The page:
Moctezuma: Aztec Ruler runs from September 24 to January 24, 2010 in British Museum


“Viking ship” discovered in Sweden’s largest lake


Marine archaeologists in Sweden have discovered what they believe to be the wreck of a Viking ship at the bottom the country’s largest lake.

A team of 50 divers from the Swedish coastguard happened upon the 20-metre long wreck by chance on Wednesday afternoon.

“Never before has a Viking shipwreck been found in Swedish waters,” marine archaeologist Roland Peterson from the Vänern Museum told The Local.

A few Viking boats have previously been discovered in Sweden, but earlier finds were made on dry land, Peterson explained.

One of the ship’s ribs was discovered protruding from the bottom of the lake, while the rest of the boat was filled with a one metre-thick layer of sediment.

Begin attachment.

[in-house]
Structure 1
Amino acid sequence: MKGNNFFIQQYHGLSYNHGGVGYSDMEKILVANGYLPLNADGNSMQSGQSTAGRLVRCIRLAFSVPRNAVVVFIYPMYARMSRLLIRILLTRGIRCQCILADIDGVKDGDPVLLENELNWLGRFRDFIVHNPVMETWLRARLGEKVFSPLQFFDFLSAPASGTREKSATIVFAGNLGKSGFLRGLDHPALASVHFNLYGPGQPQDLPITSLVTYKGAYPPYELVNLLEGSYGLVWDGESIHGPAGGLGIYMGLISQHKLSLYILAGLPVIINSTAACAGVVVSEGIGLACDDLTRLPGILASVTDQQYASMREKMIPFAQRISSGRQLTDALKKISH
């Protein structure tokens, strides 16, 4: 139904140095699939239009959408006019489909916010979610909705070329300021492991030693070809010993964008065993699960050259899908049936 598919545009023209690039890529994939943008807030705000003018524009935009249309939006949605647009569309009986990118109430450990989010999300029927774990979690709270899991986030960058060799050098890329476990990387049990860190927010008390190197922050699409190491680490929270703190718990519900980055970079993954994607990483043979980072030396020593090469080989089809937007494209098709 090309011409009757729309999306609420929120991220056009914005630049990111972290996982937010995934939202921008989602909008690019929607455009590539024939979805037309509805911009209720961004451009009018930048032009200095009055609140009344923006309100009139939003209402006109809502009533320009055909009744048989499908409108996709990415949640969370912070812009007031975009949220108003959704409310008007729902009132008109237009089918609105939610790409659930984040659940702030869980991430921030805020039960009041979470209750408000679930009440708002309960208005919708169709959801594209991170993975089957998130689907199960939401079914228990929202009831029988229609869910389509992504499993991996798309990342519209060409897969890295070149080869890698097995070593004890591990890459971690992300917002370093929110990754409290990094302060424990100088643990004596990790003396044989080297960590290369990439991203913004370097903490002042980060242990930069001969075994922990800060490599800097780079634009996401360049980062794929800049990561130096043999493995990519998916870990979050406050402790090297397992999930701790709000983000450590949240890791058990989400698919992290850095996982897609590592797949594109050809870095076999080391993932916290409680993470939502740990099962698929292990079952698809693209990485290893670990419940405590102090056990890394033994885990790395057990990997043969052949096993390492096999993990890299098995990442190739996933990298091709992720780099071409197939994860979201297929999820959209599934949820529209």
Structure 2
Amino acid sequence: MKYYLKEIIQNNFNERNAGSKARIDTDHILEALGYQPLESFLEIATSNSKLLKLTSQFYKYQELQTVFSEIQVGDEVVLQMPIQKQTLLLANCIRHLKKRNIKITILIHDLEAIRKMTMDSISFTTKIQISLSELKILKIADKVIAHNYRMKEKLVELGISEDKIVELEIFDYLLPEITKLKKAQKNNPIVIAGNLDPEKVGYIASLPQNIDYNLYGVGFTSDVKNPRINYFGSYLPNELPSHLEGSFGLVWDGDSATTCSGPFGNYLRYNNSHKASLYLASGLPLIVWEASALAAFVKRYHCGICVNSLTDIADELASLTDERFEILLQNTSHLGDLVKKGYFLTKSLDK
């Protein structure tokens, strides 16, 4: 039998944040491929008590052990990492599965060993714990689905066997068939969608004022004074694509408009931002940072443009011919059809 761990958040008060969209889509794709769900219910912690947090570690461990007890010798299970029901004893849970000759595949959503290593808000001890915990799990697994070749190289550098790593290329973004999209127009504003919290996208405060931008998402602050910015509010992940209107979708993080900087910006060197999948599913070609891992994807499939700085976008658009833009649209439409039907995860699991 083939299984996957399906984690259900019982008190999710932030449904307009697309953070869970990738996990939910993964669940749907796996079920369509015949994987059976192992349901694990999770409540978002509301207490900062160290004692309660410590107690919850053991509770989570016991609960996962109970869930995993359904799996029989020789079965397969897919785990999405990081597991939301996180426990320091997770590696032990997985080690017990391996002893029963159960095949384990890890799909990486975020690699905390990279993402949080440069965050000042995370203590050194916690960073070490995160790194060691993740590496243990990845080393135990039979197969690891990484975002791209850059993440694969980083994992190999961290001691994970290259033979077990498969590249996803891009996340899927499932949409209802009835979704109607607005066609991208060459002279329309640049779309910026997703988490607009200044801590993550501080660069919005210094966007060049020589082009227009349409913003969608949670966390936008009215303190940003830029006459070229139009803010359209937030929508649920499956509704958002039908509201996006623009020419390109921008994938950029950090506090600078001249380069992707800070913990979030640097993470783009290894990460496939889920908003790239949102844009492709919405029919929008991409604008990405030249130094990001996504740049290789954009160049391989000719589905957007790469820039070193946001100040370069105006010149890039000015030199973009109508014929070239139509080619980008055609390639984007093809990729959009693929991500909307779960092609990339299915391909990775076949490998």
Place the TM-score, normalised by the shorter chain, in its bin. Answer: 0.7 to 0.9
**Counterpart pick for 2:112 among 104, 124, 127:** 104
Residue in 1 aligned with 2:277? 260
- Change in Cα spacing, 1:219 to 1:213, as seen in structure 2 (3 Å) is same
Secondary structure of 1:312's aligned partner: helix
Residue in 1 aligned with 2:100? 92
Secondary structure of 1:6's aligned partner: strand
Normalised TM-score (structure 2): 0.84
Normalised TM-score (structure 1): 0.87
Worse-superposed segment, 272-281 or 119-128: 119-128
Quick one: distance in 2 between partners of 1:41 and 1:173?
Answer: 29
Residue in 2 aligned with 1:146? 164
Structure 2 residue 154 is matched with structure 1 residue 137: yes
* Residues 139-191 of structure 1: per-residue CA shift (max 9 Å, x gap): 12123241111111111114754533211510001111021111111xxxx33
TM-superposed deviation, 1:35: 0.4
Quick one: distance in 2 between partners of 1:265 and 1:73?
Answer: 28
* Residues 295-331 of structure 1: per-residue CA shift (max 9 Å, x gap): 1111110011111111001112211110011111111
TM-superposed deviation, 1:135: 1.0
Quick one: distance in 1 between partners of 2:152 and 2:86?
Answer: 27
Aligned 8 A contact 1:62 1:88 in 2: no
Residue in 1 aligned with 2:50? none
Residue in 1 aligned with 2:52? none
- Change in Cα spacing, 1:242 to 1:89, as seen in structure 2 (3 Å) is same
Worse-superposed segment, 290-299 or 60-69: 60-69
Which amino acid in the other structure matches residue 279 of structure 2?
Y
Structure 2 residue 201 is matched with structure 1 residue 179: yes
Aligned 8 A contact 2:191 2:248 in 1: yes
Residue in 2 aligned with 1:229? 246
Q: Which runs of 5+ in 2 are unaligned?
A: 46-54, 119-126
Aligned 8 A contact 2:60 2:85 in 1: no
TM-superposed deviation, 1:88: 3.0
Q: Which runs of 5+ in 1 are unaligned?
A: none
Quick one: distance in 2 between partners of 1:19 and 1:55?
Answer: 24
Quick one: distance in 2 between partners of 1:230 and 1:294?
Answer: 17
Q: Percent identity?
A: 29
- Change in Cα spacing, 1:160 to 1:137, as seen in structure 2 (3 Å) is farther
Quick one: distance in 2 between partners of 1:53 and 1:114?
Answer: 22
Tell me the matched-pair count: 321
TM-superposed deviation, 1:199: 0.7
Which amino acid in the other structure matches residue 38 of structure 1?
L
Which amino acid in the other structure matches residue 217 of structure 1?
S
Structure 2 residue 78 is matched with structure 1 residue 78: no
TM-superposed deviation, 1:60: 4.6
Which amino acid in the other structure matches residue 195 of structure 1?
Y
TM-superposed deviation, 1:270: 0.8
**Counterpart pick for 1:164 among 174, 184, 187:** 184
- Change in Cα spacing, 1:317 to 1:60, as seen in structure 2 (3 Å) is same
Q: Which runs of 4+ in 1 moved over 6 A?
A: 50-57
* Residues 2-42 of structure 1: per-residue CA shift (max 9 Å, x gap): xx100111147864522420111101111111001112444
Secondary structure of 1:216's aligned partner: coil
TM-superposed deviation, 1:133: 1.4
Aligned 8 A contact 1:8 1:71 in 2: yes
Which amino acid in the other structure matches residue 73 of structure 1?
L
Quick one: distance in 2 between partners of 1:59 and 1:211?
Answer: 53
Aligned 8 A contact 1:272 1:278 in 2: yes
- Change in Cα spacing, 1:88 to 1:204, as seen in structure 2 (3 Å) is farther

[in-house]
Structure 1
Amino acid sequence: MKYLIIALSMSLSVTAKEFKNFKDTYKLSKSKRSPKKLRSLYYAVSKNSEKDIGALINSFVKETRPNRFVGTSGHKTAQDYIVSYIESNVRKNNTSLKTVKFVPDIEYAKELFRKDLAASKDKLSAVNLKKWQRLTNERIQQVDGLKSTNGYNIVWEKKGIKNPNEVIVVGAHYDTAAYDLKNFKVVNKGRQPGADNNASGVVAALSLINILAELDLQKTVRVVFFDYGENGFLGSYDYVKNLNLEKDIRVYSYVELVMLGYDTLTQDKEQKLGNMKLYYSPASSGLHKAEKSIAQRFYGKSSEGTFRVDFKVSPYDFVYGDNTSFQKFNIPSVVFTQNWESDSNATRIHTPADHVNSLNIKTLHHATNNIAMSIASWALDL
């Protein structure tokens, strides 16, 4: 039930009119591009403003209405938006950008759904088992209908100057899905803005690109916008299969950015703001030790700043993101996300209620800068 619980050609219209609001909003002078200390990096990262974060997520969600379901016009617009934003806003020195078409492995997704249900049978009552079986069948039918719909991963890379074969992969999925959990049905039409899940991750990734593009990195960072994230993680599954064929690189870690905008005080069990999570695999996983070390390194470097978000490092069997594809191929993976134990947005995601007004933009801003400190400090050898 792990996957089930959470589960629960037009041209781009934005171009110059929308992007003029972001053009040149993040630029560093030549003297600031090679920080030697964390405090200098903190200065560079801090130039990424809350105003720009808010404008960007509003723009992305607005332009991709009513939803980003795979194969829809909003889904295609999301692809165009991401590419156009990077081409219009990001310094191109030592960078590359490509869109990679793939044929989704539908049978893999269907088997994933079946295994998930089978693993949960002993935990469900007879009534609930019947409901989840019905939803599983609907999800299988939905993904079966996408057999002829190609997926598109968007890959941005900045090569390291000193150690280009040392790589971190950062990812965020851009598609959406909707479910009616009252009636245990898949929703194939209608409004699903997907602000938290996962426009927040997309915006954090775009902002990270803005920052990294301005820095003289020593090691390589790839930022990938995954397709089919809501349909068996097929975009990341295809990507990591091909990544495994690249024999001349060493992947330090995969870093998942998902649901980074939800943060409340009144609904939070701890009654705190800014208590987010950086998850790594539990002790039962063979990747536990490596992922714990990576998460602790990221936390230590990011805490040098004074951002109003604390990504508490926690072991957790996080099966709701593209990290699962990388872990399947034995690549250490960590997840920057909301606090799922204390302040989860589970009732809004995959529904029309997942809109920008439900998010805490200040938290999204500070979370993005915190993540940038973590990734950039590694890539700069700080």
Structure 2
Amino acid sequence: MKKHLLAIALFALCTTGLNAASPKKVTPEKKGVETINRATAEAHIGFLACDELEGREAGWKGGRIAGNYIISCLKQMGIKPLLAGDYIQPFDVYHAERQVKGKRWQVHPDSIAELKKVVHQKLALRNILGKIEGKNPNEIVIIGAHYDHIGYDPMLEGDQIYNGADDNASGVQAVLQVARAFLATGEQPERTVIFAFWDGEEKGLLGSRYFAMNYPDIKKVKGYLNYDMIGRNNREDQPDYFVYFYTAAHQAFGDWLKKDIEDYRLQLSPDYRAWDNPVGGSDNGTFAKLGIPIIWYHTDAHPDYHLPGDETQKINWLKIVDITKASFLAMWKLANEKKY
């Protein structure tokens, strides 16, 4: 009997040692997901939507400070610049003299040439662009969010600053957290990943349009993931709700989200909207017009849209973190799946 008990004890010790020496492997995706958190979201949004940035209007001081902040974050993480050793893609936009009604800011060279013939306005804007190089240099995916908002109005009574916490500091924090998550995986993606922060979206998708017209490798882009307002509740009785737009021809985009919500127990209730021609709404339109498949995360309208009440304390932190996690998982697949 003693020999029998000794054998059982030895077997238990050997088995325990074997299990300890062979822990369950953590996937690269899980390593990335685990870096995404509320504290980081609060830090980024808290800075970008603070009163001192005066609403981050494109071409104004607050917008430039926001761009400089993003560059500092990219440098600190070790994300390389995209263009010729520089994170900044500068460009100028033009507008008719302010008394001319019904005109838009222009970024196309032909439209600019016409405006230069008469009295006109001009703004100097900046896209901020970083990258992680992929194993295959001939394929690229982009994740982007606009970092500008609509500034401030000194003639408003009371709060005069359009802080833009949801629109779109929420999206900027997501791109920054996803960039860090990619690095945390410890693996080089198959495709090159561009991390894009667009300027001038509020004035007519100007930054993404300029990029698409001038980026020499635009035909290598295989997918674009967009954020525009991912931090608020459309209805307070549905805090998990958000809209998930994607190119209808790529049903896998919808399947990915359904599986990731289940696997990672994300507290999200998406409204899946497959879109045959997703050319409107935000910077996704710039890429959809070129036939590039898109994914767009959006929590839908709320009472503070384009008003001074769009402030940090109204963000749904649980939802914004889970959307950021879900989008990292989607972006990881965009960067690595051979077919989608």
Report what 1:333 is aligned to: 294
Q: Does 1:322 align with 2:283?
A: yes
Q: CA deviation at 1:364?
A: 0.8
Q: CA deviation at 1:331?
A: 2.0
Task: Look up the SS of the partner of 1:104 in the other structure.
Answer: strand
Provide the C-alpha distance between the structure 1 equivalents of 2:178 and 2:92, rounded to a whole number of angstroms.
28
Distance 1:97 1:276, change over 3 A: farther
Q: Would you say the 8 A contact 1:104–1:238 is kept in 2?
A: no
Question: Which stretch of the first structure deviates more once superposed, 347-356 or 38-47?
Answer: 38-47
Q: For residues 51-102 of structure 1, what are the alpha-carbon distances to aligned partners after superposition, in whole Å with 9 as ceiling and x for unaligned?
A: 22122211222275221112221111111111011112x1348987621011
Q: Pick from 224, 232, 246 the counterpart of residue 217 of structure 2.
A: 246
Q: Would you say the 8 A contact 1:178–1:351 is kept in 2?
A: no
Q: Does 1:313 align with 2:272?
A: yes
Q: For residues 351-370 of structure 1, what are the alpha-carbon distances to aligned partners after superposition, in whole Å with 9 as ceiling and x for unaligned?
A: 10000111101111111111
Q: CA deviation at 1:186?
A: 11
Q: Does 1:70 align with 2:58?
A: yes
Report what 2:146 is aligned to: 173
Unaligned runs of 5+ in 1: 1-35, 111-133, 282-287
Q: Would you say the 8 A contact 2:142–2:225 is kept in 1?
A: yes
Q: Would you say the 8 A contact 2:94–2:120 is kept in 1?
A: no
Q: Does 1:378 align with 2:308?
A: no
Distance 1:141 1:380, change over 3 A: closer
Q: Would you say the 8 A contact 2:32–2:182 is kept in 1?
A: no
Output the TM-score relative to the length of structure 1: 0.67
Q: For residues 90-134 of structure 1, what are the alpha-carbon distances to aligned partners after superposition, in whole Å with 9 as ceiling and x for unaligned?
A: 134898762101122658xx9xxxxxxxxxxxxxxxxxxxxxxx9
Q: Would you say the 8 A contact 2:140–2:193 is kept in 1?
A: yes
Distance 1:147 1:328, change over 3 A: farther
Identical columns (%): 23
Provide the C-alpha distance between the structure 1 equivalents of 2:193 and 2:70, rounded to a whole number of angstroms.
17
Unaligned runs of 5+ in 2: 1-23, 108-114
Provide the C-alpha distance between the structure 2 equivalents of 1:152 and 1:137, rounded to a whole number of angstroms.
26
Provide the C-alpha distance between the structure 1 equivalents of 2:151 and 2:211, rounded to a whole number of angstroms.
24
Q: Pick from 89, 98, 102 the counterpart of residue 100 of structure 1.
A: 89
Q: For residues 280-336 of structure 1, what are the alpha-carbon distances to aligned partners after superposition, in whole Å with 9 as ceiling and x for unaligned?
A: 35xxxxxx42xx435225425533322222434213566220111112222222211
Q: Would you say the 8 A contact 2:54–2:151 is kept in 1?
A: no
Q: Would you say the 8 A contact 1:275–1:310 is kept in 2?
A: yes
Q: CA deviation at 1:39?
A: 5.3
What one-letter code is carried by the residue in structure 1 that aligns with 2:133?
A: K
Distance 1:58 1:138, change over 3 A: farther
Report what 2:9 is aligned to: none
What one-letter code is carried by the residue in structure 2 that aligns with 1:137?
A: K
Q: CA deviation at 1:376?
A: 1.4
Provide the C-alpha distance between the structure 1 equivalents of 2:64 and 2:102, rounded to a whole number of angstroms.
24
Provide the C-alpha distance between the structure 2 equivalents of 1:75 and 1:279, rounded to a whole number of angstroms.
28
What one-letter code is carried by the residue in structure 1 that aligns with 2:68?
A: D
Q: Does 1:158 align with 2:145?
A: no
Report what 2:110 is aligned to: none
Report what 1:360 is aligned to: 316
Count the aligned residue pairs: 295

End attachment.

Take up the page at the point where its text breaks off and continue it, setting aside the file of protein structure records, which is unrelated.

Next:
A wood sample from the ship, as well as iron samples from a spear and a sword found with the vessel, are to undergo expert analysis over the coming weeks.

“We can’t be sure of anything until we get the dating results back, which could take around a month. But the sword did seem semi-familiar,” said Peterson, referring to the weapon’s apparent similarity to earlier Viking era finds.

The ship’s clinker-built structure also strengthened the hypothesis that the vessel found in the Lurö archipelago, in the middle of Lake Vänern, dates from the Viking era. Vänern is Europe’s third largest lake, with an area measuring 5,648 square kilometres.

The Swedish coastguard and the Vänern Museum are currently involved in a joint project to discover and examine shipwrecks lodged at the bottom the vast lake.

Six other wrecks have also been discovered within a 100 metre radius, three of which were found lying almost on top of each other.

“But it’s too early to say whether these date from the same era,” said Peterson.


Women get to see Mount Athos treasures for first time in 1000 years


The legendary treasures of Mount Athos have been out of bounds for woman for almost 1000 years.